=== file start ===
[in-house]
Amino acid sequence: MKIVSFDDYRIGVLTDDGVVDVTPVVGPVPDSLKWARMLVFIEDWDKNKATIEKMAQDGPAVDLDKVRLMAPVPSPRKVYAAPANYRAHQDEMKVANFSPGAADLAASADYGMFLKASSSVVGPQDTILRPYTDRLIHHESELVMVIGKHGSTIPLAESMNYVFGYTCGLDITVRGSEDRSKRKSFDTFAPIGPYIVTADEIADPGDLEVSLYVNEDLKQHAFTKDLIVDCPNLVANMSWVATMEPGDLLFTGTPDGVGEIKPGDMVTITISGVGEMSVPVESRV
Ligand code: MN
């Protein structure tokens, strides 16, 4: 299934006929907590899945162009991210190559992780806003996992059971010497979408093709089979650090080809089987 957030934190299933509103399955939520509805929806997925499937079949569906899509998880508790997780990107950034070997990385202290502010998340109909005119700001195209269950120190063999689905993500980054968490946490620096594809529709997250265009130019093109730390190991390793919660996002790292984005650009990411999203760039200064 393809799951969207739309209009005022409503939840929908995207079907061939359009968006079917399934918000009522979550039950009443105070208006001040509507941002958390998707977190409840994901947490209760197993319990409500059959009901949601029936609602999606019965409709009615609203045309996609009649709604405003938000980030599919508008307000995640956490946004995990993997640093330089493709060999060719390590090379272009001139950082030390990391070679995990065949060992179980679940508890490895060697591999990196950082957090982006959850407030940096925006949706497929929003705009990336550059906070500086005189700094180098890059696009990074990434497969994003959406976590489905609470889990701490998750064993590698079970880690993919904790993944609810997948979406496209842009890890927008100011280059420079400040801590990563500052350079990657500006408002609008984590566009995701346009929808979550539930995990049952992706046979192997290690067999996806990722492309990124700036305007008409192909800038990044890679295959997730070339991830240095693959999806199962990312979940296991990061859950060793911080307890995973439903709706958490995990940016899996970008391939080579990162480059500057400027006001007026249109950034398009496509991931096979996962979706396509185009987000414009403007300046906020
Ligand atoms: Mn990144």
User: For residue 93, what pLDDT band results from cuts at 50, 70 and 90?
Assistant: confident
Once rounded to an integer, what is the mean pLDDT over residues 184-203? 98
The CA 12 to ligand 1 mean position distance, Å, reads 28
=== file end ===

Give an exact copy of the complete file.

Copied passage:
[in-house]
Amino acid sequence: MKIVSFDDYRIGVLTDDGVVDVTPVVGPVPDSLKWARMLVFIEDWDKNKATIEKMAQDGPAVDLDKVRLMAPVPSPRKVYAAPANYRAHQDEMKVANFSPGAADLAASADYGMFLKASSSVVGPQDTILRPYTDRLIHHESELVMVIGKHGSTIPLAESMNYVFGYTCGLDITVRGSEDRSKRKSFDTFAPIGPYIVTADEIADPGDLEVSLYVNEDLKQHAFTKDLIVDCPNLVANMSWVATMEPGDLLFTGTPDGVGEIKPGDMVTITISGVGEMSVPVESRV
Ligand code: MN
């Protein structure tokens, strides 16, 4: 299934006929907590899945162009991210190559992780806003996992059971010497979408093709089979650090080809089987 957030934190299933509103399955939520509805929806997925499937079949569906899509998880508790997780990107950034070997990385202290502010998340109909005119700001195209269950120190063999689905993500980054968490946490620096594809529709997250265009130019093109730390190991390793919660996002790292984005650009990411999203760039200064 393809799951969207739309209009005022409503939840929908995207079907061939359009968006079917399934918000009522979550039950009443105070208006001040509507941002958390998707977190409840994901947490209760197993319990409500059959009901949601029936609602999606019965409709009615609203045309996609009649709604405003938000980030599919508008307000995640956490946004995990993997640093330089493709060999060719390590090379272009001139950082030390990391070679995990065949060992179980679940508890490895060697591999990196950082957090982006959850407030940096925006949706497929929003705009990336550059906070500086005189700094180098890059696009990074990434497969994003959406976590489905609470889990701490998750064993590698079970880690993919904790993944609810997948979406496209842009890890927008100011280059420079400040801590990563500052350079990657500006408002609008984590566009995701346009929808979550539930995990049952992706046979192997290690067999996806990722492309990124700036305007008409192909800038990044890679295959997730070339991830240095693959999806199962990312979940296991990061859950060793911080307890995973439903709706958490995990940016899996970008391939080579990162480059500057400027006001007026249109950034398009496509991931096979996962979706396509185009987000414009403007300046906020
Ligand atoms: Mn990144």
User: For residue 93, what pLDDT band results from cuts at 50, 70 and 90?
Assistant: confident
Once rounded to an integer, what is the mean pLDDT over residues 184-203? 98
The CA 12 to ligand 1 mean position distance, Å, reads 28